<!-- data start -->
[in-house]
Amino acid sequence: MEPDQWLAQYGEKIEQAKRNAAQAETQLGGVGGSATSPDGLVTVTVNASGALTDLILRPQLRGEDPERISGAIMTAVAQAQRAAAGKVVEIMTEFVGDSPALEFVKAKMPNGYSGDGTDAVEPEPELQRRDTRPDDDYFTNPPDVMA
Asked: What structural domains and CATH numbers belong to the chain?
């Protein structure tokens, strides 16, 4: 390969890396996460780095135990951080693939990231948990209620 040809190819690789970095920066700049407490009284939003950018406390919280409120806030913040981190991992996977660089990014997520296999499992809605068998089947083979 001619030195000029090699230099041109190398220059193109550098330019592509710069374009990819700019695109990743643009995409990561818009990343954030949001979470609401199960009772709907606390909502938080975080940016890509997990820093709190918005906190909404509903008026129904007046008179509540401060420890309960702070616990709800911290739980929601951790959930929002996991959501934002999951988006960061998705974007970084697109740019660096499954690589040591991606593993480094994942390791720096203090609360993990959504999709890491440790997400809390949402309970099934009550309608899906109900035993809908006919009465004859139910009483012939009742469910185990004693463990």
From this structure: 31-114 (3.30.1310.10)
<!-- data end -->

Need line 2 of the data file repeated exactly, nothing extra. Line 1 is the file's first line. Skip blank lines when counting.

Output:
Amino acid sequence: MEPDQWLAQYGEKIEQAKRNAAQAETQLGGVGGSATSPDGLVTVTVNASGALTDLILRPQLRGEDPERISGAIMTAVAQAQRAAAGKVVEIMTEFVGDSPALEFVKAKMPNGYSGDGTDAVEPEPELQRRDTRPDDDYFTNPPDVMA